Programme SMART (Sustainable Membership Achieved via Robust Transactions) is a group of four member-led projects designed to deliver sustainable membership growth.
When it was initiated in 2017, members were consulted and webinars were held to inform the membership of its aims.
We’re now beginning to deliver some of the changes and so we wanted to provide an update on progress of the projects, and we will continue to do this via The Chemical Engineer and this blog throughout 2020.
In today’s blog, IChemE Vice President (Qualifications) Ainslie Just provides more detail on Programme SMART and its progress.
Name: Ainslie Just
Job title and organisation: Retired, but also currently providing consulting services as a Principal Advisor at Phronis Consulting
IChemE roles: Vice President (Qualifications); Global Registrar, Professional Formation Forum (PFF); Australian Board member; and Queensland Members Group committee member
Bio: I graduated from the University of Adelaide with a BE Hons and BSc in chemical engineering. I worked in the chemical and plastics manufacturing sector for almost 20 years before moving into consulting, where my focus has been mainly in environmental and risk management.
Growing the membership
Sustainable membership growth is critical to:
- provide more for our members;
- benefit society;
- remain relevant to the profession;
- strengthen the global network of chemical engineers; and
- increase the relevance of the Institution and the profession to decision makers.
Programme SMART is structured around the three stages of a chartered membership application, as defined by the Engineering Council’s Registration Code of Practice. By the end of 2020, all three stages will be built into a new system that will replace our existing ‘MARS’ (Membership Application Review System) process.
The Qualifications Committee acts as steering committee for Programme SMART. As Vice President (Qualifications), I chair both of these, but I’m actively supported by the chairs of both the Professional Formation Forum, Helen Fennell, and of the Education and Accreditation Forum, Rob Best.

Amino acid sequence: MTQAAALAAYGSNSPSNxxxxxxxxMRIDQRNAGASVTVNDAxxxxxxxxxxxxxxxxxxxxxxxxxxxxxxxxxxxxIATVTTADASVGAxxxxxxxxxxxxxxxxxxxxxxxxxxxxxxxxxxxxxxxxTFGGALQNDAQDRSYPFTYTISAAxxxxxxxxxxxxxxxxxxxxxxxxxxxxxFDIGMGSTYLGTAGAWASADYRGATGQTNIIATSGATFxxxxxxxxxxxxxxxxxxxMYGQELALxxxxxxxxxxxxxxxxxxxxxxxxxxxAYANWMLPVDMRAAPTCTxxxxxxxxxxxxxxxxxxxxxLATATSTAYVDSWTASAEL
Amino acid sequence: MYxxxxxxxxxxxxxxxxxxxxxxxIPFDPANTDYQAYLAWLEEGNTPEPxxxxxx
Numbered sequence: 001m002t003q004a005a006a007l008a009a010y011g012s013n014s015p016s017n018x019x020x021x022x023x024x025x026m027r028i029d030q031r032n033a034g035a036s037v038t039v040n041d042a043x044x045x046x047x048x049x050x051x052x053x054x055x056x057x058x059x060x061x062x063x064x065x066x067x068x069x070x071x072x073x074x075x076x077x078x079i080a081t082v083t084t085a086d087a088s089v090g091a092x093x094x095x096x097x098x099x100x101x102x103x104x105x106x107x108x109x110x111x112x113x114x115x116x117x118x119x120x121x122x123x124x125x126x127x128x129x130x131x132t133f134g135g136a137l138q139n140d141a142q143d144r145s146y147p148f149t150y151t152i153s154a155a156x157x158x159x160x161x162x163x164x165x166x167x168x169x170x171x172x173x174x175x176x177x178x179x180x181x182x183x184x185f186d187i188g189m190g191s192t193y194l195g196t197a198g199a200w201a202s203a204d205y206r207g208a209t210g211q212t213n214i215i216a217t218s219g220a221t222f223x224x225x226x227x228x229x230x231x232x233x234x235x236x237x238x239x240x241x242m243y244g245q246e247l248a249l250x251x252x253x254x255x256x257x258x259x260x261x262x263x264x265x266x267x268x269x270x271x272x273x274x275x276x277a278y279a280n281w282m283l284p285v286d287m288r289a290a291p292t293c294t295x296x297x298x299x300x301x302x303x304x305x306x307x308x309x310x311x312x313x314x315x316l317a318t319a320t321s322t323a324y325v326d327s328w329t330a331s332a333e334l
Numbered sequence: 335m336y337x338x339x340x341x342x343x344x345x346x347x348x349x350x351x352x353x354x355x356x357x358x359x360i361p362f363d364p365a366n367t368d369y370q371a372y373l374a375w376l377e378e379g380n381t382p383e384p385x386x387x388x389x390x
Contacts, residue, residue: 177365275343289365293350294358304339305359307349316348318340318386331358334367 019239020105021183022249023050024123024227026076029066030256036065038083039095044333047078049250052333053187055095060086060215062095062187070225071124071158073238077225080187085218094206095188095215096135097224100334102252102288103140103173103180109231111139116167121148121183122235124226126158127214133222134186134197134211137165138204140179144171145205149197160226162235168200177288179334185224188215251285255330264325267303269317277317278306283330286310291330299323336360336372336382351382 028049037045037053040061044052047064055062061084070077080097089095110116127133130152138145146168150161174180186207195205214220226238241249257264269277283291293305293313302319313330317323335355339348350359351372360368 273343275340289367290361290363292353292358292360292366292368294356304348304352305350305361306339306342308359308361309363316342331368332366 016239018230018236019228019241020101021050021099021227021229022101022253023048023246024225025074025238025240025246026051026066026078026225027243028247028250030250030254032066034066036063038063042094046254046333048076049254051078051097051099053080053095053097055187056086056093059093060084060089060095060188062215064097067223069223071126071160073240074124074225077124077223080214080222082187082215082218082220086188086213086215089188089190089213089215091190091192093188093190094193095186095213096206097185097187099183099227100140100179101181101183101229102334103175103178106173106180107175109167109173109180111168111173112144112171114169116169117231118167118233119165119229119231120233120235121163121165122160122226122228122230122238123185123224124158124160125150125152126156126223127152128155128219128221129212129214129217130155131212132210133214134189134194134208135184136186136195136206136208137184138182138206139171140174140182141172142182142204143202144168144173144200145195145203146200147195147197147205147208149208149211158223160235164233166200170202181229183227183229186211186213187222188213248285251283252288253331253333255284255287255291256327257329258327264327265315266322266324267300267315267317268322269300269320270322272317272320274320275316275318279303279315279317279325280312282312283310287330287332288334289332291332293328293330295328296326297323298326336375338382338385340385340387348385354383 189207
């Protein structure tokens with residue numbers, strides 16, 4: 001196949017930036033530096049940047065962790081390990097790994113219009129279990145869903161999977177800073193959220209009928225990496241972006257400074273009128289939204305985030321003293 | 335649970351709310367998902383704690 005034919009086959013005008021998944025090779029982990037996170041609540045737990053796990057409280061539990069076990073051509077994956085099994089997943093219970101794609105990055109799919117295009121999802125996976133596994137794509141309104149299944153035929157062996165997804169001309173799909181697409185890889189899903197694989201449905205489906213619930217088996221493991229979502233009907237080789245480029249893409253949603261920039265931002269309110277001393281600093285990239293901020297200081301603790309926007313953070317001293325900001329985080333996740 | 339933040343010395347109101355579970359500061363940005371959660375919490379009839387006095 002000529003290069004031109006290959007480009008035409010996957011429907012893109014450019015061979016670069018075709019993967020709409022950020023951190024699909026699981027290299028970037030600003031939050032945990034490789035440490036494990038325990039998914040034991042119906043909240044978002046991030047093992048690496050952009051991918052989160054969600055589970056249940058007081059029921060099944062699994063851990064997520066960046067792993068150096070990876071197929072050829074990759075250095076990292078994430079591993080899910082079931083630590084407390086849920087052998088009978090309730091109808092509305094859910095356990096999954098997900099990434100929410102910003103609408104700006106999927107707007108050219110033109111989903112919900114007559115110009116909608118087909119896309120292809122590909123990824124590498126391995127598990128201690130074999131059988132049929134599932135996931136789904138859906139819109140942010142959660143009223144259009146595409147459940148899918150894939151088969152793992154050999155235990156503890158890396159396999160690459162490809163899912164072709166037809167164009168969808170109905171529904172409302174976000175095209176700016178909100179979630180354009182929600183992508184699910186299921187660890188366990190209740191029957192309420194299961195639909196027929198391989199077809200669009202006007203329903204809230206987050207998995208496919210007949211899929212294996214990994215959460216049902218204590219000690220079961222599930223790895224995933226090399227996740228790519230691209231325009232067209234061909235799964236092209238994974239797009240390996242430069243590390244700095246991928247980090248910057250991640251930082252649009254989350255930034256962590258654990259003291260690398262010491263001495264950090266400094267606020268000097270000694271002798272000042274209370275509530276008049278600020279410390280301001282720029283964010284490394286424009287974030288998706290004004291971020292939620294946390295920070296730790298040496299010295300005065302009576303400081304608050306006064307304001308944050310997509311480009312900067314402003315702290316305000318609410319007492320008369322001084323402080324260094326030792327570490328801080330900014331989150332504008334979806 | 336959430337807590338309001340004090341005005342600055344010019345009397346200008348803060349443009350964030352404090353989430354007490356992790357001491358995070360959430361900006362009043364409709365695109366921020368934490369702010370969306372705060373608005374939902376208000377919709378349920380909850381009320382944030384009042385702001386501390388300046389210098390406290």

Technical advisory groups (TAGs) were established at the beginning of the project, and are member led. They have been specifically formed to provide the required member expertise.
I’ll now share an update on each of these three stages.
*Member-led technical advisory group
Stage 1: Education base
This stage includes the development of a new Individual Case Procedure (ICP), which has been progressing well.
ICP is the assessment of Stage 1, the educational base for membership for those who do not have accredited degrees, that fully meet the entrance requirements. In order to test the new procedure, we have undertaken two pilot projects and are now in the midst of a third (42 candidates have been involved in the pilot studies).
ICP will be a more welcoming and flexible replacement to the current Technical Report route and will ultimately provide a more transparent and accessible route for those without an accredited chemical engineering degree to provide IChemE with evidence that they meet the educational requirements for both Incorporated (IEng) and Chartered (CEng) status.
We also welcome Fenella Nordquist as the first ICP Panel Chair. This panel of volunteers will be responsible for undertaking the assessment of ICP applications.
A soft launch (invitation only) will be planned to follow the third pilot (May 2020) before going fully live with ICP on IChemE’s website later in the year.
Stage 2: Initial Professional Development (IPD)
Currently, IPD assessment is part of the Competence and Commitment (C&C) Report assessment in the Professional Review stage. IPD can be gained either through an employer’s IChemE Accredited Company Training Scheme (ACTS) or independently by candidates.
We are looking to introduce an Initial Professional Development (IPD) assessment stage in the application process to provide better evidence of compliance with the Engineering Council requirements as well as improve feedback and support for those who have not been through an ACTS.
It will also mean that candidates will benefit from a pre-check of their professional experience before they move to Stage 3 – this should give them confidence before they begin to work on their C&C Report.
The process is under development and will accommodate both ACTS and non-ACTS candidates.
Stage 3: Professional review
Over the past few months, we have conducted pilots with candidates from ACTS schemes to test a revised process for processing Chartered Membership applications within three months from submission of application to receipt of result. This cuts the average time by around half. In 2016, for candidates with accredited Master’s-level degrees, the process took on average 177 days.
53 candidates were involved in the process, which was supported by a small team of membership volunteers, who carried out both the assessment of Competence and Commitment reports and the interview.
Stakeholder feedback gathered following the pilots was largely very positive and is being considered as we work to create a new Stage 3 process for all candidates (not only those from ACTS schemes).
We will continue to keep you updated on progress as the new three-stage process is developed, and formal communications about the launch will be issued closer to the time.
This article also appeared in the latest issue of The Chemical Engineer.